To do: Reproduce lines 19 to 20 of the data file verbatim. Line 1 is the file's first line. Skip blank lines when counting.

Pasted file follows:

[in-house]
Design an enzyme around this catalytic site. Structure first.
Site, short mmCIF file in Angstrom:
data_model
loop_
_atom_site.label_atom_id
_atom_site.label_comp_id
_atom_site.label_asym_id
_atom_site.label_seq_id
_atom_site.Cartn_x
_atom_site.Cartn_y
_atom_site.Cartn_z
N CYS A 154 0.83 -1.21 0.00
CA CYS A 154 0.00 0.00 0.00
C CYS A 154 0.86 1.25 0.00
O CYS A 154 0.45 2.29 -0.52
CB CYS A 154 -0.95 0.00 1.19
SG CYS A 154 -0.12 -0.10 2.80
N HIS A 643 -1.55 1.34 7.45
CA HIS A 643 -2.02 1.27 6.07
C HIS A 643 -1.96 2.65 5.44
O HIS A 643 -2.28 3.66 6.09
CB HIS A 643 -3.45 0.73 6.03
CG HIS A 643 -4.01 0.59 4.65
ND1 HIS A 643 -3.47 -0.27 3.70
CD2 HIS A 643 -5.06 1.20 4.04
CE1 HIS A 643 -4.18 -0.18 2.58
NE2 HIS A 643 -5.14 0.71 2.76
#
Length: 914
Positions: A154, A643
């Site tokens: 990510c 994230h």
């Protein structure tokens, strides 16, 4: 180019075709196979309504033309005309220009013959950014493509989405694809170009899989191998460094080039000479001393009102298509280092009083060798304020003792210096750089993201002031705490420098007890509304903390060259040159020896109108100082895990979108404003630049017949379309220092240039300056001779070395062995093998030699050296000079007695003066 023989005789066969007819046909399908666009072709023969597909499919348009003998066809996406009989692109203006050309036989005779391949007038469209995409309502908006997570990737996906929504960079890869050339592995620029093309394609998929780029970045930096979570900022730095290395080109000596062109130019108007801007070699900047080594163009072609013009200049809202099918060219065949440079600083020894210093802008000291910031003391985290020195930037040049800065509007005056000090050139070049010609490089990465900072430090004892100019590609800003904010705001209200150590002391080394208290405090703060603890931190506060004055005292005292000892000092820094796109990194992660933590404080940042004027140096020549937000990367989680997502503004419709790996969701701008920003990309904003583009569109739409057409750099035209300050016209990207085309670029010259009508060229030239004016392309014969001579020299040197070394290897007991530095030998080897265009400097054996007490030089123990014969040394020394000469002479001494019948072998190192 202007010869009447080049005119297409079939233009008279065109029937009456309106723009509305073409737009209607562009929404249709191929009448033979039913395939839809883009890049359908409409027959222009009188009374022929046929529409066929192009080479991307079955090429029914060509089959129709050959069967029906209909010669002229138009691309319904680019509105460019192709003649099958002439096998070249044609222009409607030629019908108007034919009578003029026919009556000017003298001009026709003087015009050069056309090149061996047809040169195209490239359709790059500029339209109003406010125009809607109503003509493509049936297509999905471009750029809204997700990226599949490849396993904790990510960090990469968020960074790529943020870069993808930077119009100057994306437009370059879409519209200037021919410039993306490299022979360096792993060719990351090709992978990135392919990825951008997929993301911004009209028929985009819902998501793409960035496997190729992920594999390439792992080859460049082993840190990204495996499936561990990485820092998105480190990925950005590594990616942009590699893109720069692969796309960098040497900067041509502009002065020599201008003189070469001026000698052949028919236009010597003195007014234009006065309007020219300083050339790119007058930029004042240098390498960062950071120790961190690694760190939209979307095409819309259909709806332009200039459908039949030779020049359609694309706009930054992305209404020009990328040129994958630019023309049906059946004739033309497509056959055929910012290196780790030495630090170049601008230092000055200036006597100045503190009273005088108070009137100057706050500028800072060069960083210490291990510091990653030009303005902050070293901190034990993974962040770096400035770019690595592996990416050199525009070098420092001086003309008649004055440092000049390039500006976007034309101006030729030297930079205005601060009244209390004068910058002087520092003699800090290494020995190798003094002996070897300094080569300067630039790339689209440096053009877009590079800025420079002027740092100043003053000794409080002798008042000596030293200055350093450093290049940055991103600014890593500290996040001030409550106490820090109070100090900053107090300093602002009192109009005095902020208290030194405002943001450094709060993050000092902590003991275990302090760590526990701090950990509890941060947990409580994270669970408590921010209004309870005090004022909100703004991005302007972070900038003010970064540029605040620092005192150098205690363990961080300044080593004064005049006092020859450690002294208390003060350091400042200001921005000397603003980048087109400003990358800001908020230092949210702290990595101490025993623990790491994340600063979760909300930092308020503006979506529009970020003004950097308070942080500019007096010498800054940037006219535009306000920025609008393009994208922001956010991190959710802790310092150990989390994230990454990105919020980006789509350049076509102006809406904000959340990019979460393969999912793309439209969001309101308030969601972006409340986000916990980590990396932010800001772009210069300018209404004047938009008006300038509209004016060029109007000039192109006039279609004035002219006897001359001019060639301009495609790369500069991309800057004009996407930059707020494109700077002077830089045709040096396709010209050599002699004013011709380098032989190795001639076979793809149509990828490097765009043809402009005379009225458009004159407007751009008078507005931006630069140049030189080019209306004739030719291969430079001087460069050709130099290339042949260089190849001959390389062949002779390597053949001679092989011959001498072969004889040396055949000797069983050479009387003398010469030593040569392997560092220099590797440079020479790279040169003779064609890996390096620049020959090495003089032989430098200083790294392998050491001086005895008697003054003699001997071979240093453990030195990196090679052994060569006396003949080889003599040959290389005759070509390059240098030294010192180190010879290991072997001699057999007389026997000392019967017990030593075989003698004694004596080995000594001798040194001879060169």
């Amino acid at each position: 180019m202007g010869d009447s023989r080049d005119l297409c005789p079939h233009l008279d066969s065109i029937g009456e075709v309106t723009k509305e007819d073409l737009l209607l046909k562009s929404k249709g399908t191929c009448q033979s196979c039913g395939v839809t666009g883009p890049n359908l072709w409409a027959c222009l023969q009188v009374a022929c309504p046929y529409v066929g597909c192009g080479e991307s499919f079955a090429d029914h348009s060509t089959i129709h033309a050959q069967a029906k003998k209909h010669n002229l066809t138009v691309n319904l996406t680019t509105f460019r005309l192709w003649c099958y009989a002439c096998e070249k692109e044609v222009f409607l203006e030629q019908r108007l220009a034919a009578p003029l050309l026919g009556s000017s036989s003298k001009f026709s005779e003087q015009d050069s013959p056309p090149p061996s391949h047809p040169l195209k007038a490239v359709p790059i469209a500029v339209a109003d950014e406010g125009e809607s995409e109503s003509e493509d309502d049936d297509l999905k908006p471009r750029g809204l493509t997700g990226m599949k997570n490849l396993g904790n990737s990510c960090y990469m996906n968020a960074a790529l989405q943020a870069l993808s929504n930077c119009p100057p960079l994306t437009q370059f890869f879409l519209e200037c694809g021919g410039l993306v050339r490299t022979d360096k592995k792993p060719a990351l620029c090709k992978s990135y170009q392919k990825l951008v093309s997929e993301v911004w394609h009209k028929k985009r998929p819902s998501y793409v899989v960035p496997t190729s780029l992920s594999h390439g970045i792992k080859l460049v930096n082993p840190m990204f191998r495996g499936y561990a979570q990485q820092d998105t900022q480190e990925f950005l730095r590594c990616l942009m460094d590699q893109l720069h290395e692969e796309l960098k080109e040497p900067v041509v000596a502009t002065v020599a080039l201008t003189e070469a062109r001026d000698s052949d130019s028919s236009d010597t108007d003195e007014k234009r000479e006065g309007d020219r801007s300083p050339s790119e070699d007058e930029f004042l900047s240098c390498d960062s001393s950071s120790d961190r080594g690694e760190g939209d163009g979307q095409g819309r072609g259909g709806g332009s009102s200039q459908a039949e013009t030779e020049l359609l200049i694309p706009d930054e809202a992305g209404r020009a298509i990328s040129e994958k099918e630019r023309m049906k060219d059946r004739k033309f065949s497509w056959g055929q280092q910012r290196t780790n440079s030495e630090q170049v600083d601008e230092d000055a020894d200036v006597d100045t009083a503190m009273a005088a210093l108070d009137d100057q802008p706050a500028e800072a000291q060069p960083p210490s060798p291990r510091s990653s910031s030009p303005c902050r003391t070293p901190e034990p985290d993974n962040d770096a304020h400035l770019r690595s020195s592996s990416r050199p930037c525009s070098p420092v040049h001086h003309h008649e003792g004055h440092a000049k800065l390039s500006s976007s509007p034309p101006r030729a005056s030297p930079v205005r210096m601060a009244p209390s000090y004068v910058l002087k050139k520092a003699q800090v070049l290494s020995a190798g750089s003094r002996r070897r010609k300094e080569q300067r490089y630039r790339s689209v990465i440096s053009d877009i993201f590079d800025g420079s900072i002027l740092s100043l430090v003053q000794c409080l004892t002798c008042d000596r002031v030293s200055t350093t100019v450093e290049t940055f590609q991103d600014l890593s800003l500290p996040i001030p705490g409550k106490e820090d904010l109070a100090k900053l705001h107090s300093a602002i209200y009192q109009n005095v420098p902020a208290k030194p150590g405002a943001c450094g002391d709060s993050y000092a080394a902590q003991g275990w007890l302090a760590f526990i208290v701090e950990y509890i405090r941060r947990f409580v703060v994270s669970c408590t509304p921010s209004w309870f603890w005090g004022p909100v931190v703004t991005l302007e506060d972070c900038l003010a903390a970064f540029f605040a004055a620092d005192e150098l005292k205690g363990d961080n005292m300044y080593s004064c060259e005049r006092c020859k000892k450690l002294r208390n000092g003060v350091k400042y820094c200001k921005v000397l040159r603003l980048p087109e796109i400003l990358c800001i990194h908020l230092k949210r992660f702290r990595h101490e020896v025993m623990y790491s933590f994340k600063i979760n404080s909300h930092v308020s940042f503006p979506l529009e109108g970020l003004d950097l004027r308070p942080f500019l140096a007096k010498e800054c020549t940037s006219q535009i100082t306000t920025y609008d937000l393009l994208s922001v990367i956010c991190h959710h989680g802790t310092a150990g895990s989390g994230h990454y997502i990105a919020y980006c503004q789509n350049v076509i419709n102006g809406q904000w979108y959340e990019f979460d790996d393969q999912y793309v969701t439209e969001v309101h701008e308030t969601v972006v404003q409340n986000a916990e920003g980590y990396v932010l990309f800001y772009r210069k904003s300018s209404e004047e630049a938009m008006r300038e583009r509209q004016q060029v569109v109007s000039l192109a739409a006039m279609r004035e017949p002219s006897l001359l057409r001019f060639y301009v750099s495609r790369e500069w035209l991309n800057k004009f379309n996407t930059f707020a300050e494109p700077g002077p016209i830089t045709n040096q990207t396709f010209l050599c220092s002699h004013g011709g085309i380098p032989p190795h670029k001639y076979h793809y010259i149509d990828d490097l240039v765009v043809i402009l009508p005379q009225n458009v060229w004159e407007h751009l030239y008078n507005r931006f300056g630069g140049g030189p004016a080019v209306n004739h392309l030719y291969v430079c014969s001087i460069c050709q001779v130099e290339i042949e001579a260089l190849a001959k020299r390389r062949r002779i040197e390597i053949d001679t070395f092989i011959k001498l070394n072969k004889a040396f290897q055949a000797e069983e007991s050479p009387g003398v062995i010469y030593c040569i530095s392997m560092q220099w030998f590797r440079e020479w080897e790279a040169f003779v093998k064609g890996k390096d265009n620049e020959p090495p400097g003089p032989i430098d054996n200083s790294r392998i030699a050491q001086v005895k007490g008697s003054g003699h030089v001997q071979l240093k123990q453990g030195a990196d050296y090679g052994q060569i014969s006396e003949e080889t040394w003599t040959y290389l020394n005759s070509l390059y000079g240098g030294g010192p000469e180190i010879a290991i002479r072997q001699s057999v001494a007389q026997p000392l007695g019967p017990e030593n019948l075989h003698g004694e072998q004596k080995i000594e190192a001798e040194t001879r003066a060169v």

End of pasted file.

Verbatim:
N HIS A 643 -1.55 1.34 7.45
CA HIS A 643 -2.02 1.27 6.07